Curricular Factors that Unintentionally Affect Learning in a Community-Based Interprofessional Education Program: The Student Perspective

Shelley Anne Doucet, Diane MacKenzie, Elaine Loney, Anne Godden-Webster, Heidi Lauckner, Peggy Alexiadis Brown, Cynthia Andrews, Tanya L. Packer


Background: The Dalhousie Health Mentors Program (DHMP) is a community-based, pre-licensure interprofessional education initiative that aims to prepare health professional students for collaborative practice in the care of patients with chronic conditions. This program evaluation explores the students’ 1) learning and plans to incorporate skills into future practice; 2) ratings of program content, delivery, and assignments; 3) perspectives of curricular factors that inadvertently acted as barriers to learning; and 4) program improvement suggestions.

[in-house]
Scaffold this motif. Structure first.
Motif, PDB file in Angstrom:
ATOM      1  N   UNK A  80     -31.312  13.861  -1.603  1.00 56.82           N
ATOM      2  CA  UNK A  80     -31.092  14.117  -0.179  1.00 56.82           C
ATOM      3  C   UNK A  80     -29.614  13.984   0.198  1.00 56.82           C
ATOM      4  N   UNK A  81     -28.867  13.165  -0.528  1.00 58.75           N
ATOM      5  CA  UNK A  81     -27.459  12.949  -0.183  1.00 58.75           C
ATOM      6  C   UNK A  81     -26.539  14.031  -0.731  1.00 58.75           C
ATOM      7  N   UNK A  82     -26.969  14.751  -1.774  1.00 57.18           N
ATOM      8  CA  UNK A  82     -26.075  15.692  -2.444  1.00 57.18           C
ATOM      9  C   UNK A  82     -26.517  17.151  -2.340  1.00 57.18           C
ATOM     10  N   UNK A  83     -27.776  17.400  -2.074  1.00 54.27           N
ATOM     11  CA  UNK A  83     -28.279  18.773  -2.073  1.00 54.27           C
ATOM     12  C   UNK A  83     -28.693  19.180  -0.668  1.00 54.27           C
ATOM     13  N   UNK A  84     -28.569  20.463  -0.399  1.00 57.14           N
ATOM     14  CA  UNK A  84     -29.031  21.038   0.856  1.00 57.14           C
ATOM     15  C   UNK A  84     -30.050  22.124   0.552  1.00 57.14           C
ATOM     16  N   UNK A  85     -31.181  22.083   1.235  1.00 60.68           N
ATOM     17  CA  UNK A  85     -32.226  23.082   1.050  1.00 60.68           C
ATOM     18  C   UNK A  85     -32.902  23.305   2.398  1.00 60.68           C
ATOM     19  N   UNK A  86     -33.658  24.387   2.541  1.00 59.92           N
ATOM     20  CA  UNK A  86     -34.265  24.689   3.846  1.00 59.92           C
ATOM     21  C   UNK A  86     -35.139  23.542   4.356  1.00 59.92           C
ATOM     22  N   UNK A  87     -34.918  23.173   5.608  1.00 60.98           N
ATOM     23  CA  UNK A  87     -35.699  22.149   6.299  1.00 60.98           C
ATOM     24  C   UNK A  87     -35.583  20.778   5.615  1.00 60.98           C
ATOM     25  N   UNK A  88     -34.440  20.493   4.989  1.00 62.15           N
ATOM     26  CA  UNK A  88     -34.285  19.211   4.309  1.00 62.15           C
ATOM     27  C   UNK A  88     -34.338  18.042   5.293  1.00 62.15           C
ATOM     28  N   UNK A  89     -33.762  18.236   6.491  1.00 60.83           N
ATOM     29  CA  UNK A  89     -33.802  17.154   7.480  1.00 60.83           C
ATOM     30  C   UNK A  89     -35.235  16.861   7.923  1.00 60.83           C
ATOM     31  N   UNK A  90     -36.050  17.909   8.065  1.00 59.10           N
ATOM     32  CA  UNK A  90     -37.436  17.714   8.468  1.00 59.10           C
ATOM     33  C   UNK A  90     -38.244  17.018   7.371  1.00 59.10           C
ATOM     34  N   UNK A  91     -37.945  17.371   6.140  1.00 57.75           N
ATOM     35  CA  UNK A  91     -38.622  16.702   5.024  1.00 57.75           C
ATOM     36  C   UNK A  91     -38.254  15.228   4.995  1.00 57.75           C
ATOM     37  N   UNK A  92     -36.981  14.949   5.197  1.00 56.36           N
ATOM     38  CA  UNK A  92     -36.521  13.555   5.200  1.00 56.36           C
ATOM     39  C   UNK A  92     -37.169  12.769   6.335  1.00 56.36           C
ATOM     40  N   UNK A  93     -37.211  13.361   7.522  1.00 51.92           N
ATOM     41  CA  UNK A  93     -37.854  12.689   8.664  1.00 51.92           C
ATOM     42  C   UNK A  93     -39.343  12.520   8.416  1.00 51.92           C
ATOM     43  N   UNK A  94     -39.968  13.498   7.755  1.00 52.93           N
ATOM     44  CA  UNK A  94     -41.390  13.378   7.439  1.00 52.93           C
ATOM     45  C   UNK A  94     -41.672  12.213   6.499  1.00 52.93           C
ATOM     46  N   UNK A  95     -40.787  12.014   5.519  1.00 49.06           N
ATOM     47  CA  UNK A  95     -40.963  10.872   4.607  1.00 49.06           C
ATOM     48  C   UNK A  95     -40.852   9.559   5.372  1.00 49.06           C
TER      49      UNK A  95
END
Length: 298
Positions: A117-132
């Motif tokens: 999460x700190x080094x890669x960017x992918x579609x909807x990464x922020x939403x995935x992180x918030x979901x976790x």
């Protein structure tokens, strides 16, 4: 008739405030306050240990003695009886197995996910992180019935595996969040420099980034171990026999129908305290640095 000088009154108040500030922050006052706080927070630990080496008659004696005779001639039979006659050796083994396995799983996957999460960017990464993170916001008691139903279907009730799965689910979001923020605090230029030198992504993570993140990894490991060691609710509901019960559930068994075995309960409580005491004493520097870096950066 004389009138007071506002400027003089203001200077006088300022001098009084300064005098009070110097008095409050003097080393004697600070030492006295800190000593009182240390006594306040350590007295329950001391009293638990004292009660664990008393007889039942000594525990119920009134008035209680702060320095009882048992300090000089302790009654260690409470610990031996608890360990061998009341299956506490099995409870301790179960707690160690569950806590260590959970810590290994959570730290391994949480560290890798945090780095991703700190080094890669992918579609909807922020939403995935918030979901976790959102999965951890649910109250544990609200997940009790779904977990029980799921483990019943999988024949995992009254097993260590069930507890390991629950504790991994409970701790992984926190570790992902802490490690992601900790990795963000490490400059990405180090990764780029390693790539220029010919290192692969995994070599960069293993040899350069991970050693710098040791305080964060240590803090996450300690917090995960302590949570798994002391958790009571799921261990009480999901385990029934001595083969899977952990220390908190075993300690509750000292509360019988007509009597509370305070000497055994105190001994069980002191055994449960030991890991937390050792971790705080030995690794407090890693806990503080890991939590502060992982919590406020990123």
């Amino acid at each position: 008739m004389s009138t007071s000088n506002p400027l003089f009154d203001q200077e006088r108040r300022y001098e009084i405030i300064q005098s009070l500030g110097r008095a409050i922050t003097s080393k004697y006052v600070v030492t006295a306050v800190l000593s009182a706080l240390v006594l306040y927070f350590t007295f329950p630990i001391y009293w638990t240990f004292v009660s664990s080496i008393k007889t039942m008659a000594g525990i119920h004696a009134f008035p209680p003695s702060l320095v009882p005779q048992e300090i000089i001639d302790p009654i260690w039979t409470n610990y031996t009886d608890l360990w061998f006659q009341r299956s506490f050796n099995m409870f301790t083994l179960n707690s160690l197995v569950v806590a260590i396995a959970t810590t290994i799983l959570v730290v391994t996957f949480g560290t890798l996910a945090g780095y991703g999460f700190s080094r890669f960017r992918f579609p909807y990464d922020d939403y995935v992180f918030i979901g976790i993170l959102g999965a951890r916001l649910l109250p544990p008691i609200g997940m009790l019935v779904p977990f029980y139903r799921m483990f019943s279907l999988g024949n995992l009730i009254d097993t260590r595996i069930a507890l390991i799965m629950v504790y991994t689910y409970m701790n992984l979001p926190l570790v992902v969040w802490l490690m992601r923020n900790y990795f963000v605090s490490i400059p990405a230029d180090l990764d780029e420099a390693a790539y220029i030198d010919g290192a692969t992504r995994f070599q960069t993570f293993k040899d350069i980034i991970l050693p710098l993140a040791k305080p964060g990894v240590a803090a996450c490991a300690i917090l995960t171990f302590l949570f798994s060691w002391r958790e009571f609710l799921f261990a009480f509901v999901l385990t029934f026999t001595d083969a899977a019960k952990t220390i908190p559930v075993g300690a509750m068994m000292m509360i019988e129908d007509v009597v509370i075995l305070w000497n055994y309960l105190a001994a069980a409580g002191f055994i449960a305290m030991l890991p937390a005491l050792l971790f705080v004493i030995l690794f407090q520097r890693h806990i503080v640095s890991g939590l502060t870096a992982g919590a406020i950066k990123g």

Methods: All students (N = 745) from the 16 participating health programs were invited to complete an online mixed methods program evaluation survey at the conclusion of the 2012–2013 DHMP. A total of 295 students (40% response rate) responded to the Likert-type questions analyzed using descriptive and non-parametric statistics. Of these students, 204 (69%) provided responses to 10 open-ended questions, which were analyzed thematically.

Findings: While the majority of respondents agreed that they achieved the DHMP learning objectives, the mixed-methods approach identified curriculum integration, team composition, and effectiveness of learning assignments as factors that unintentionally acted as barriers to learning, with three key student recommendations for program improvement.

Conclusions: Educators and program planners need to be aware that even well-intended learning activities may result in unintended experiences that hamper interprofessional learning.


Interprofessional education; Longitudinal; Health mentors program; Health professional student; Curriculum; Unintended; Barriers; Recommendations; Lessons learned

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